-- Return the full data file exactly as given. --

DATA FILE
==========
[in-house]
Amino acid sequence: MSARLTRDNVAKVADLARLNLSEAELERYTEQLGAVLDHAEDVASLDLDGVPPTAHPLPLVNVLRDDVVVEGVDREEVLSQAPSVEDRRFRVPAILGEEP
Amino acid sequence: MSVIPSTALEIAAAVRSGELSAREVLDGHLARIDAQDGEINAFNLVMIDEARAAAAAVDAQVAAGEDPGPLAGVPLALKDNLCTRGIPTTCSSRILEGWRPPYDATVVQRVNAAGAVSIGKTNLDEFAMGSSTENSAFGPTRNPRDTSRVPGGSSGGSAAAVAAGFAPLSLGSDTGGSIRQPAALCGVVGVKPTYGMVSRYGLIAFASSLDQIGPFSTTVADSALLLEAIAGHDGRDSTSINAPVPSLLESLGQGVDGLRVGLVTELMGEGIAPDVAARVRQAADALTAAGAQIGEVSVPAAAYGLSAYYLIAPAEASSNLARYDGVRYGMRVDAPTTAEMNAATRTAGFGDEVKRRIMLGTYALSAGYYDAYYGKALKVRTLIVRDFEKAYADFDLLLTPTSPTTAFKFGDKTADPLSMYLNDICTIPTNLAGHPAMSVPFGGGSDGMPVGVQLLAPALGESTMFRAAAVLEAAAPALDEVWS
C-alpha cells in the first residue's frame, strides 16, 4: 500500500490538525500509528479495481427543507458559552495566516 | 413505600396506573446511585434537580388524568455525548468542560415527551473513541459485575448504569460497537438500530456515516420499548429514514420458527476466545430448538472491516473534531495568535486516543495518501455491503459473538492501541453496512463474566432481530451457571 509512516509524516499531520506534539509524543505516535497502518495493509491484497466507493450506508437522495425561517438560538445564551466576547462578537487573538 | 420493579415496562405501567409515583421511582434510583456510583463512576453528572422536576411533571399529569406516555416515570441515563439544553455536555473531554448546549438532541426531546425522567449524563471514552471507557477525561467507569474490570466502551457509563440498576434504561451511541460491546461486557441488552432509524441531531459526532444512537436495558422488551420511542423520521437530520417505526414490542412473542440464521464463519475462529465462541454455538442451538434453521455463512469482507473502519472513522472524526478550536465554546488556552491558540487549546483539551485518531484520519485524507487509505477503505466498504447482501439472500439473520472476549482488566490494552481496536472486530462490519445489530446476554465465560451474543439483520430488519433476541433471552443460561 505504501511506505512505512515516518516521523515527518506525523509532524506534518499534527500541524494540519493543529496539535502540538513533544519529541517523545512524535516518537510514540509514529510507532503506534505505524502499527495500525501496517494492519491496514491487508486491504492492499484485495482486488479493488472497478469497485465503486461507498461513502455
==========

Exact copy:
[in-house]
Amino acid sequence: MSARLTRDNVAKVADLARLNLSEAELERYTEQLGAVLDHAEDVASLDLDGVPPTAHPLPLVNVLRDDVVVEGVDREEVLSQAPSVEDRRFRVPAILGEEP
Amino acid sequence: MSVIPSTALEIAAAVRSGELSAREVLDGHLARIDAQDGEINAFNLVMIDEARAAAAAVDAQVAAGEDPGPLAGVPLALKDNLCTRGIPTTCSSRILEGWRPPYDATVVQRVNAAGAVSIGKTNLDEFAMGSSTENSAFGPTRNPRDTSRVPGGSSGGSAAAVAAGFAPLSLGSDTGGSIRQPAALCGVVGVKPTYGMVSRYGLIAFASSLDQIGPFSTTVADSALLLEAIAGHDGRDSTSINAPVPSLLESLGQGVDGLRVGLVTELMGEGIAPDVAARVRQAADALTAAGAQIGEVSVPAAAYGLSAYYLIAPAEASSNLARYDGVRYGMRVDAPTTAEMNAATRTAGFGDEVKRRIMLGTYALSAGYYDAYYGKALKVRTLIVRDFEKAYADFDLLLTPTSPTTAFKFGDKTADPLSMYLNDICTIPTNLAGHPAMSVPFGGGSDGMPVGVQLLAPALGESTMFRAAAVLEAAAPALDEVWS
C-alpha cells in the first residue's frame, strides 16, 4: 500500500490538525500509528479495481427543507458559552495566516 | 413505600396506573446511585434537580388524568455525548468542560415527551473513541459485575448504569460497537438500530456515516420499548429514514420458527476466545430448538472491516473534531495568535486516543495518501455491503459473538492501541453496512463474566432481530451457571 509512516509524516499531520506534539509524543505516535497502518495493509491484497466507493450506508437522495425561517438560538445564551466576547462578537487573538 | 420493579415496562405501567409515583421511582434510583456510583463512576453528572422536576411533571399529569406516555416515570441515563439544553455536555473531554448546549438532541426531546425522567449524563471514552471507557477525561467507569474490570466502551457509563440498576434504561451511541460491546461486557441488552432509524441531531459526532444512537436495558422488551420511542423520521437530520417505526414490542412473542440464521464463519475462529465462541454455538442451538434453521455463512469482507473502519472513522472524526478550536465554546488556552491558540487549546483539551485518531484520519485524507487509505477503505466498504447482501439472500439473520472476549482488566490494552481496536472486530462490519445489530446476554465465560451474543439483520430488519433476541433471552443460561 505504501511506505512505512515516518516521523515527518506525523509532524506534518499534527500541524494540519493543529496539535502540538513533544519529541517523545512524535516518537510514540509514529510507532503506534505505524502499527495500525501496517494492519491496514491487508486491504492492499484485495482486488479493488472497478469497485465503486461507498461513502455